Tree - Wrapping & Staking
It’s a shame to see trees planted improperly and/or not given good care after planting. Unfortunately, it happens a lot.
Staking trees at planting time in home landscapes and on commercial plantings is an industry paradigm, although a bad one. In some rare cases, staking is needed to protect young trees from vandalism and accidental physical injury, but staking is mostly done to allegedly protect trees from falling over in the wind or to support trees that aren’t strong enough to stand up straight by themselves.
In the past, tree staking was believed to be important in helping a tree become established. However, over the last 20 years, research has indicated strongly that staking hurts a tree more than it helps. I have been saying this for about 40 years now and have never allowed tress to be staked on my landscape projects.
Staked trees, especially when improperly staked, develop smaller root systems and thinner trunks than trees that aren’t staked. The movement of the tree trunk in the wind is a good thing. It stimulates plant hormones that influence root and trunk growth. Trees staked in a way that prevents movement of the trunk don’t grow as well. This is why young trees that are staked are often unable to stand upright when the staking is removed. Staking connectors to the trunks usually cause damage to the trunks, even if soft material is used. The constant banging of ropes, hoses, straps, etc. may not appear to be doing physical damage, but the cambium layer is being crushed and damaged. Sometimes the damage is obvious and severe.
The solution is simple. Don’t stake trees unless absolutely necessary. Staking should be the exception rather than the rule. Trees less than six feet tall or trees less than one inch in diameter don’t ever need support staking. Staking may be needed with larger trees, especially when the top of tree is out of proportion to the root ball or when the tree is planted in a windy site or on sandy soil. If trees are weak or out of proportion, they shouldn’t have been planted in the first place.
When a tree must be staked, use one of the newer systems that allow the trunk to move with the winds. The old standard of wire or plastic twine inside pieces of garden hose is one of the worst choices, but any system that holds the tree rigidly in place is bad. Don’t ever use rope, twine, wire, fishing line or electrical wire to secure a tree to stakes. Use soft materials like wide cloth belting, elastic webbing, wide rubber belts, plastic bag material or even nylon stockings. There are a number of elastic or polyethylene woven ties now available for securing trees to stakes. If used, ties should be left with sufficient slack to enable the tree to move slightly in the wind.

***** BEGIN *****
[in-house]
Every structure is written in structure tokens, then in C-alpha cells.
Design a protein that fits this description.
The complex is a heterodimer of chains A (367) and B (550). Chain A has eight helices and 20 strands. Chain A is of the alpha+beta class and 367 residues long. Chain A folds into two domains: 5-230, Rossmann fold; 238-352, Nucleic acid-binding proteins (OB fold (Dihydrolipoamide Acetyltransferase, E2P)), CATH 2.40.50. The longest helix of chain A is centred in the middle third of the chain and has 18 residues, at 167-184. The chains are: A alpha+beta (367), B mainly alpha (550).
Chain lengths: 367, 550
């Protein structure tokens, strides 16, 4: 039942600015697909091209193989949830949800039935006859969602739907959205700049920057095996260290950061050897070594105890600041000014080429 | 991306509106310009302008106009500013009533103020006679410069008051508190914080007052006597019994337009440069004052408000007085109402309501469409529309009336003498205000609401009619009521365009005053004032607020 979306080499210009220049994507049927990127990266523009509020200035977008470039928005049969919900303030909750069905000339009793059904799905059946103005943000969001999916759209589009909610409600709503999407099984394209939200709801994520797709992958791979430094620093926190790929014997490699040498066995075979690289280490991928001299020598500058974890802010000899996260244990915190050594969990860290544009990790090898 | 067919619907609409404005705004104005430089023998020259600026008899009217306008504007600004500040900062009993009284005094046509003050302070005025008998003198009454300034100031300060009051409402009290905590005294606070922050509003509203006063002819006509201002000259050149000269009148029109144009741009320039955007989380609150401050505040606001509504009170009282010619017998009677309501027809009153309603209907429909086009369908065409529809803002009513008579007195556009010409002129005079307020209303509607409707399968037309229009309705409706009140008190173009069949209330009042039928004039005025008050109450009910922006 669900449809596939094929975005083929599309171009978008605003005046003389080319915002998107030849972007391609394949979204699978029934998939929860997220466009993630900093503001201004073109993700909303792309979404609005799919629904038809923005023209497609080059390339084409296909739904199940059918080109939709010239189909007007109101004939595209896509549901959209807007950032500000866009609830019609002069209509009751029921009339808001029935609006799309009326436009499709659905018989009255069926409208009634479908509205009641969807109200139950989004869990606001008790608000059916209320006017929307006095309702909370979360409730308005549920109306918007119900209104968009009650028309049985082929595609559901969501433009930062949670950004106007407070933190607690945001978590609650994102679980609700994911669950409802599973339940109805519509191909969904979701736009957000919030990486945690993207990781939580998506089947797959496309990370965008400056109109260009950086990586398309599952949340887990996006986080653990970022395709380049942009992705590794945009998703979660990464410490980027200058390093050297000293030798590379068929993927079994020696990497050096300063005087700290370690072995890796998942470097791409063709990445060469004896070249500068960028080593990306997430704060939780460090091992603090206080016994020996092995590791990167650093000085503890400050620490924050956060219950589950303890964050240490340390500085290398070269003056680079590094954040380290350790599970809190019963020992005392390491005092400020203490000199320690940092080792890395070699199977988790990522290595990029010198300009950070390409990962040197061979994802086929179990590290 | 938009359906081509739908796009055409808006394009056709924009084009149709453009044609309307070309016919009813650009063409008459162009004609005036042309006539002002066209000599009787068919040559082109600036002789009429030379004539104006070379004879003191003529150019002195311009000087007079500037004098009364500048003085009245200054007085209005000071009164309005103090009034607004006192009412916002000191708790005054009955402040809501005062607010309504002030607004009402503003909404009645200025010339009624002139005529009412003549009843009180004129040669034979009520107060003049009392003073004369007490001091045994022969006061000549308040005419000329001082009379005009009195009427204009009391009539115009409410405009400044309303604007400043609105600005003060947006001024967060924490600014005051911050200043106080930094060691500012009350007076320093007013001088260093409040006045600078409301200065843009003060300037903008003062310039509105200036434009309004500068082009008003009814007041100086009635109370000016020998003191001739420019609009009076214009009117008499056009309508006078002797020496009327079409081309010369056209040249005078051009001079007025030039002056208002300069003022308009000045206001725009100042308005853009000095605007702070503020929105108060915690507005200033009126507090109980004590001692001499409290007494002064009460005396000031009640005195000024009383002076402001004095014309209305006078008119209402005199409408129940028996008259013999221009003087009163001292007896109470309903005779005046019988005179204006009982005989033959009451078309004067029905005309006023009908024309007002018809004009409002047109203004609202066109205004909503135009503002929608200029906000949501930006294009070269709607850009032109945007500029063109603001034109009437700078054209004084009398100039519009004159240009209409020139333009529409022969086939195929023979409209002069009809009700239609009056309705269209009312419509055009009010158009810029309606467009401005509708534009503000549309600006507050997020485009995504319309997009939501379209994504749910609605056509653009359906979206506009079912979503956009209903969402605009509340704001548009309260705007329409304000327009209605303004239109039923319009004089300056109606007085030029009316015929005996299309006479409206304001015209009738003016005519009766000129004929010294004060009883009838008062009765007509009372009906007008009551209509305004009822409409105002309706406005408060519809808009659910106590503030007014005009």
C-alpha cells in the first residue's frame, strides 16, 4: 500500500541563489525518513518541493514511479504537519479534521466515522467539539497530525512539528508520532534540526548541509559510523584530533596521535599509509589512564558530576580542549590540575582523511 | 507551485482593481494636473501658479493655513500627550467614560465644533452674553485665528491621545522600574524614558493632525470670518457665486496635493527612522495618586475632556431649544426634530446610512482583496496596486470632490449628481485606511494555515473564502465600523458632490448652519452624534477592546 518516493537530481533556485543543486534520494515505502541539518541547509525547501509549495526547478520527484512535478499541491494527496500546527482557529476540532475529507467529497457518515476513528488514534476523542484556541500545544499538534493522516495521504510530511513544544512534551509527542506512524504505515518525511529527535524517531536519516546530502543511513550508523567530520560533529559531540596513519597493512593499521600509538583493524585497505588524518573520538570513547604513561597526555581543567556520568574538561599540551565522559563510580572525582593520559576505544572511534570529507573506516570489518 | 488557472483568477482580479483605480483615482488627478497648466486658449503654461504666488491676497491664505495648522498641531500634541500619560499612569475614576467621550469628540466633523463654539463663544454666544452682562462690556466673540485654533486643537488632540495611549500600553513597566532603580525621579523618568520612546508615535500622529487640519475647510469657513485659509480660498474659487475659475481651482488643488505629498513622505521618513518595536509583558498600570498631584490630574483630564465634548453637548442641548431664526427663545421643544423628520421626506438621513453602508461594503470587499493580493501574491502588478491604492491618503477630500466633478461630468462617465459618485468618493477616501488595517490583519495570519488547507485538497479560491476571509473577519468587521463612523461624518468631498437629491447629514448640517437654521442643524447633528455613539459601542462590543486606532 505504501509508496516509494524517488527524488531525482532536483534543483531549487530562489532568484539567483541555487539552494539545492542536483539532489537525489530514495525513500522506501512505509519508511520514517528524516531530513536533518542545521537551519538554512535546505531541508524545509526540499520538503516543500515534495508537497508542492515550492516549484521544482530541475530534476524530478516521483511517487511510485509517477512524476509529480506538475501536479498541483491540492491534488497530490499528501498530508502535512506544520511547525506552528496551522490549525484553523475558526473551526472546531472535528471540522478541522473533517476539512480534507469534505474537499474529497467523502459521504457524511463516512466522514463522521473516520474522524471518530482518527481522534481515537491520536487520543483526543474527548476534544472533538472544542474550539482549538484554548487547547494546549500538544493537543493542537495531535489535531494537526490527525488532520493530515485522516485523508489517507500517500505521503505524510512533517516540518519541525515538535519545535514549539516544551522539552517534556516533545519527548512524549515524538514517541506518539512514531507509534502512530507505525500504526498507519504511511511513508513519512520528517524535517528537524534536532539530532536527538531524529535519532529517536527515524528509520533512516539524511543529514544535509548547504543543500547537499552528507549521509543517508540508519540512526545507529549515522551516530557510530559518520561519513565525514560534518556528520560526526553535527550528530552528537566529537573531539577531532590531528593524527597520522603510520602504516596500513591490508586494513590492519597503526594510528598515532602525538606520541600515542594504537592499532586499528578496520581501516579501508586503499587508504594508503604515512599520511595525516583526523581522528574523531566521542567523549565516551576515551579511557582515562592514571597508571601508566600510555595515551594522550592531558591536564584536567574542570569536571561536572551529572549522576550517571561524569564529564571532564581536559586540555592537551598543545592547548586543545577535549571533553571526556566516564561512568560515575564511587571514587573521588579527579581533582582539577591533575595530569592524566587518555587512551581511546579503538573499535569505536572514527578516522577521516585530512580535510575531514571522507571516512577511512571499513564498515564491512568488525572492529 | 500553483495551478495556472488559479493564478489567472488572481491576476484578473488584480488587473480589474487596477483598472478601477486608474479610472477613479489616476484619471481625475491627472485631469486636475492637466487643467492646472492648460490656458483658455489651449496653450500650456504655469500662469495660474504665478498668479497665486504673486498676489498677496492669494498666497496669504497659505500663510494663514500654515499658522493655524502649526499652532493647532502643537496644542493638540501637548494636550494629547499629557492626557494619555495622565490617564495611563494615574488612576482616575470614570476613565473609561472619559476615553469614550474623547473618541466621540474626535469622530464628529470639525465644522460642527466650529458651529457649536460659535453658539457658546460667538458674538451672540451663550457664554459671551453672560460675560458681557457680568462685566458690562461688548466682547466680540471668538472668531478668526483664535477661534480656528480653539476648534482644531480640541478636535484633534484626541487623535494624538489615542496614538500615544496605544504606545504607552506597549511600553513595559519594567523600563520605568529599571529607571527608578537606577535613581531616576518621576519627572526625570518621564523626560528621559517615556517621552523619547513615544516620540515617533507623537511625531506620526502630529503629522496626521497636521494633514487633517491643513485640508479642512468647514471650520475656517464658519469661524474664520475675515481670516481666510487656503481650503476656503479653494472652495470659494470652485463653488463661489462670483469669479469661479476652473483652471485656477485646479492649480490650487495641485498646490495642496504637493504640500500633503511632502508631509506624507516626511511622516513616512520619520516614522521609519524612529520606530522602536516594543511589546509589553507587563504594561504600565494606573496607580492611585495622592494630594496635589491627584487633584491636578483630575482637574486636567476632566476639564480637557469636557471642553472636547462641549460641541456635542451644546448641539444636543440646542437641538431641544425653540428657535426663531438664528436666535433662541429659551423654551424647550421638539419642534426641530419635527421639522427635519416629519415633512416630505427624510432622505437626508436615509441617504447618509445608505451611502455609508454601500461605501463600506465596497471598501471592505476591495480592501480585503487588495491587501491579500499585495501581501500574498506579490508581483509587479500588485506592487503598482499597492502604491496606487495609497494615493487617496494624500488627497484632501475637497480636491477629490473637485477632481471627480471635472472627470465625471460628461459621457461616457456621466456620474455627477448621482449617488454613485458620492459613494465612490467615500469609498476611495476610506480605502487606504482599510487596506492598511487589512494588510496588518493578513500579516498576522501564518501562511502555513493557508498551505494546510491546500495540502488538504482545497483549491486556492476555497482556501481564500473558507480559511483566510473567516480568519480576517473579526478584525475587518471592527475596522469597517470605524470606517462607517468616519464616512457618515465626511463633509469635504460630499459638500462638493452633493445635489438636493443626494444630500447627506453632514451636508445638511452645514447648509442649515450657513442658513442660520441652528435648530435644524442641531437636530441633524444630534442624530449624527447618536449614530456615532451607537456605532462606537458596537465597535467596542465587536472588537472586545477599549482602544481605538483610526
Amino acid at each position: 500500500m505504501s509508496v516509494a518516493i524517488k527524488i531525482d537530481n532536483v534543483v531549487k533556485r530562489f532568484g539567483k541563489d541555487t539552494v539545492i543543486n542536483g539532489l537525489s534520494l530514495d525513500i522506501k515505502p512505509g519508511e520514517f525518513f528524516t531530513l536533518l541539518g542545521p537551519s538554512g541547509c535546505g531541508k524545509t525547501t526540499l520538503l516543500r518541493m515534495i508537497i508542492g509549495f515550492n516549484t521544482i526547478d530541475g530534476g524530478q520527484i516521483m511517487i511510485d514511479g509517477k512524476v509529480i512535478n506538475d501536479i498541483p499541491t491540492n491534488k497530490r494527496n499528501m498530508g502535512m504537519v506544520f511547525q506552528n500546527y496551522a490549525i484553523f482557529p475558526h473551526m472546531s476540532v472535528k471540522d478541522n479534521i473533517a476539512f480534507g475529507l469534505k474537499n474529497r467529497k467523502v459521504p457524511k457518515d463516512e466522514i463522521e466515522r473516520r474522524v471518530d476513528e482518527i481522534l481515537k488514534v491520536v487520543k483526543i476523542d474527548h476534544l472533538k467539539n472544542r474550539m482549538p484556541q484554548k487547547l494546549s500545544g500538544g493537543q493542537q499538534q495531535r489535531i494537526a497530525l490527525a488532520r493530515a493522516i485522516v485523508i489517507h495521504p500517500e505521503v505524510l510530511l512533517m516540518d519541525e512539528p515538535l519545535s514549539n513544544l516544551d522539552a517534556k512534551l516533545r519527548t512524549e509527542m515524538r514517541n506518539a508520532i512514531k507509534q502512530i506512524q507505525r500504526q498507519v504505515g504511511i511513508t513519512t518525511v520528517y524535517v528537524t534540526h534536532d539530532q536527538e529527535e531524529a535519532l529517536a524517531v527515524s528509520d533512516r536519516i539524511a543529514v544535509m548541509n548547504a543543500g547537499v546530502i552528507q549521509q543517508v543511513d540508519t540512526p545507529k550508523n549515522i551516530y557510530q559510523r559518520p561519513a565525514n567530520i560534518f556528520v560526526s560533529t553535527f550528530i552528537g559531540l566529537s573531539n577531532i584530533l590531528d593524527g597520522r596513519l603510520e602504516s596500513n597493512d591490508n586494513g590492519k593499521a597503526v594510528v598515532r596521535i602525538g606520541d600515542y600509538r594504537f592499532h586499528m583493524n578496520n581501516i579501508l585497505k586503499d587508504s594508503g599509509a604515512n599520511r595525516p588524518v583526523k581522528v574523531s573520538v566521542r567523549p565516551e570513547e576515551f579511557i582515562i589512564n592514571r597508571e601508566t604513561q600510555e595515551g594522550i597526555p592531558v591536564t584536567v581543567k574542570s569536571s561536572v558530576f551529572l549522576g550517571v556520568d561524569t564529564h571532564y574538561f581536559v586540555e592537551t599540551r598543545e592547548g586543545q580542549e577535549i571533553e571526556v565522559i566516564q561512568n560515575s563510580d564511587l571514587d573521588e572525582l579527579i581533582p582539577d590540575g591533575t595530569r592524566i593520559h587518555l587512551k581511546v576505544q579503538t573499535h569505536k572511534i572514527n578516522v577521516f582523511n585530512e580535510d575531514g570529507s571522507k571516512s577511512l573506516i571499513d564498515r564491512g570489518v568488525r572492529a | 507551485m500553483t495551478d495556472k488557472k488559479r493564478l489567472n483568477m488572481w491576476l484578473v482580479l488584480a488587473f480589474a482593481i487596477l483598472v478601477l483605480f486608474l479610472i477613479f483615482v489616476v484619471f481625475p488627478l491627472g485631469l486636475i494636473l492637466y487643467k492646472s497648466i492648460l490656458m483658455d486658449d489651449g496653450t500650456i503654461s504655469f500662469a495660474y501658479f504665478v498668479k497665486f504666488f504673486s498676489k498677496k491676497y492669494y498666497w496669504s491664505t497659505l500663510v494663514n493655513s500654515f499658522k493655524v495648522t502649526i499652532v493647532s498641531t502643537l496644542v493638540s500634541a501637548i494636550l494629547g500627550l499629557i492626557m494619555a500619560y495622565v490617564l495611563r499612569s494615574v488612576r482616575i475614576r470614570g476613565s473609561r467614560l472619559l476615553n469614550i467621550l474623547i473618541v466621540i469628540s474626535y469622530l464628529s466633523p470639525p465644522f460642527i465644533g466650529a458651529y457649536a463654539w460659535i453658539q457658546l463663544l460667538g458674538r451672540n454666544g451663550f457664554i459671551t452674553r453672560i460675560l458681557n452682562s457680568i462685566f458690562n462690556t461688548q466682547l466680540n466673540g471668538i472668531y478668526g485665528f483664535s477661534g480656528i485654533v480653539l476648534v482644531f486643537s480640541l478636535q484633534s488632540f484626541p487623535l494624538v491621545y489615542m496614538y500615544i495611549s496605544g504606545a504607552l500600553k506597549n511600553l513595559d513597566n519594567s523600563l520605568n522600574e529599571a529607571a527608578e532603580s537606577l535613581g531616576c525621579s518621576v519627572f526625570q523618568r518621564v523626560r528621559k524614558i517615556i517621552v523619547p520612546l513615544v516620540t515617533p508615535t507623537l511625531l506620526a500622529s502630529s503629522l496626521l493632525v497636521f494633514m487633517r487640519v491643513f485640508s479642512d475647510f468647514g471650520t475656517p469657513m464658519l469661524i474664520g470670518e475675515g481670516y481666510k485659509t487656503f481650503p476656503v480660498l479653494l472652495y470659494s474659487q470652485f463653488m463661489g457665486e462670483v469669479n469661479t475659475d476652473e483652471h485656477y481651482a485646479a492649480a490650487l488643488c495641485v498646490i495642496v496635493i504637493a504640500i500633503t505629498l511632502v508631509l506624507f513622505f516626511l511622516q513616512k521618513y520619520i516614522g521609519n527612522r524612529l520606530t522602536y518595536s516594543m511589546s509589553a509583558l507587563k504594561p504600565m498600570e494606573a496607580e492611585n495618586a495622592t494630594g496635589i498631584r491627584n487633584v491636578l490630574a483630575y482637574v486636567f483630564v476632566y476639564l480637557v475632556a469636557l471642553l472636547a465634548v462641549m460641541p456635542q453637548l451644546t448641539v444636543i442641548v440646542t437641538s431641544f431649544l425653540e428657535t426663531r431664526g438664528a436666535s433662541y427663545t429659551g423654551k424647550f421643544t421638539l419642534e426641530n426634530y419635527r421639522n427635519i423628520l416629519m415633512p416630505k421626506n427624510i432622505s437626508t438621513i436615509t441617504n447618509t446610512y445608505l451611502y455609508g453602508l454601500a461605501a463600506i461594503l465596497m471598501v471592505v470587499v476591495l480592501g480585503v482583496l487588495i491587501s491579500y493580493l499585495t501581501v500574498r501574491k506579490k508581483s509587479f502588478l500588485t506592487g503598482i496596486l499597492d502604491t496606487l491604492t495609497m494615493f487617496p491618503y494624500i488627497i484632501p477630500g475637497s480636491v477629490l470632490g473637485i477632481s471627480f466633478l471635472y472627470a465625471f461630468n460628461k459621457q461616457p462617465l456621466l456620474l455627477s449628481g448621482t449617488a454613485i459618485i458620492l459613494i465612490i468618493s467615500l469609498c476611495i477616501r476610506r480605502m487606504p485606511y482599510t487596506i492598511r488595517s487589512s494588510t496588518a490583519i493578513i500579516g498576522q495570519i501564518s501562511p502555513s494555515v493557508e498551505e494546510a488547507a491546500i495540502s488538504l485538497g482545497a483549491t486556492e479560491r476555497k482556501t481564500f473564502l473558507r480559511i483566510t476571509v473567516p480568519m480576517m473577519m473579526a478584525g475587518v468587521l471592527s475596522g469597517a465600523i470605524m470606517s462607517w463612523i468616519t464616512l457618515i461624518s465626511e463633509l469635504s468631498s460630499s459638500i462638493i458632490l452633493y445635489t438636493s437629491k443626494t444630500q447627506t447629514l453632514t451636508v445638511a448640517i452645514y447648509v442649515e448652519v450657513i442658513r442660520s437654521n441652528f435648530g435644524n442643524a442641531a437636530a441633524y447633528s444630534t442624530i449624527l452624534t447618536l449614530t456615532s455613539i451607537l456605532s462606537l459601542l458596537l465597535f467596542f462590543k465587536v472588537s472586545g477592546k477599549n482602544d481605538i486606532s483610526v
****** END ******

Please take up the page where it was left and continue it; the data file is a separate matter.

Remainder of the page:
Remove the staking as soon as the tree’s roots begin to grow. They should never be allowed to remain more than the first growing season. If the tree can’t hold itself straight after the first season, it never will.
For many years, some arborists and horticulturists have recommended protecting young tree trunks with commercially available trunk wraps. These wraps were believed to protect the tree from physical injury, from frost cracking and sunscald that results from drastic temperature fluctuations, from borer and other insect attacks and from dying out. It was a mistake. Research indicates that tree wraps hurt trees rather than protect them. Paper wraps hold in moisture and lead to problems with diseases, insects and freeze injury. Severe temperature changes have been found to occur beneath the wraps. Most competent arborists and horticulturist agree with this and don’t use this destructive and money wasting procedure.
There are a number of materials that have been used to wrap trunks. They are all bad. Home gardeners have made some of their own wraps out of various materials such as burlap or duct tape. Like staking ties, these materials have also caused harm to trees by damaging bark and cambium layers, restricting growth and/or girdling trunks.
If tree trunk protection is needed against sunscald on thin barked trees, such as ash, birch, linden or maple, there is a much better way to go. White washing trunks is much better than trunk wrap. White latex paint that is diluted with water to about a 50 – 50 mix works well. Doing this same process with paint about the color of the trunk is even better. This ARS tested and approved method is effective at repelling insect pests as well as preventing sunburn.
There’s one situation where wrapping trunks might make sense. If the trunk of a tree has been physically damaged, painting the injured area with Tree Trunk Goop formula and then wrapping the damaged area with burlap soaked in Tree Trunk Goop will help the tree’s wounds heal much faster. The burlap helps hold the material in place as it protects and feeds the tree.
An old and extremely damaging tree staking technique.